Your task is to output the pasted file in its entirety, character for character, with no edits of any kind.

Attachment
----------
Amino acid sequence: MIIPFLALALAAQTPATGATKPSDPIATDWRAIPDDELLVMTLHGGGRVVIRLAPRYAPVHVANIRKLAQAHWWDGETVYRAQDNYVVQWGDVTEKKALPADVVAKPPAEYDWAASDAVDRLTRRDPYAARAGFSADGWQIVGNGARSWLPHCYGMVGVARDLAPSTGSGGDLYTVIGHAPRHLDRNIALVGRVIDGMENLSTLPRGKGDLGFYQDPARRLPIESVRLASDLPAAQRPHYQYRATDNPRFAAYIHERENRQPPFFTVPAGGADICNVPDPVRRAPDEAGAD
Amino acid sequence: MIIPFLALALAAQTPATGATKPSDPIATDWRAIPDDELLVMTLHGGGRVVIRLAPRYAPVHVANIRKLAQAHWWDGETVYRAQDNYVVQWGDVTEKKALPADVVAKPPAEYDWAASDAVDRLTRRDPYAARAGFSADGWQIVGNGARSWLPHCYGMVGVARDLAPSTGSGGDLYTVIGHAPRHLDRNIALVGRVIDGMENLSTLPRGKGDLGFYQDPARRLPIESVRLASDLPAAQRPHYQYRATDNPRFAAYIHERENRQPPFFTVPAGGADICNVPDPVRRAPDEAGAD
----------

Amino acid sequence: MIIPFLALALAAQTPATGATKPSDPIATDWRAIPDDELLVMTLHGGGRVVIRLAPRYAPVHVANIRKLAQAHWWDGETVYRAQDNYVVQWGDVTEKKALPADVVAKPPAEYDWAASDAVDRLTRRDPYAARAGFSADGWQIVGNGARSWLPHCYGMVGVARDLAPSTGSGGDLYTVIGHAPRHLDRNIALVGRVIDGMENLSTLPRGKGDLGFYQDPARRLPIESVRLASDLPAAQRPHYQYRATDNPRFAAYIHERENRQPPFFTVPAGGADICNVPDPVRRAPDEAGAD
Amino acid sequence: MIIPFLALALAAQTPATGATKPSDPIATDWRAIPDDELLVMTLHGGGRVVIRLAPRYAPVHVANIRKLAQAHWWDGETVYRAQDNYVVQWGDVTEKKALPADVVAKPPAEYDWAASDAVDRLTRRDPYAARAGFSADGWQIVGNGARSWLPHCYGMVGVARDLAPSTGSGGDLYTVIGHAPRHLDRNIALVGRVIDGMENLSTLPRGKGDLGFYQDPARRLPIESVRLASDLPAAQRPHYQYRATDNPRFAAYIHERENRQPPFFTVPAGGADICNVPDPVRRAPDEAGAD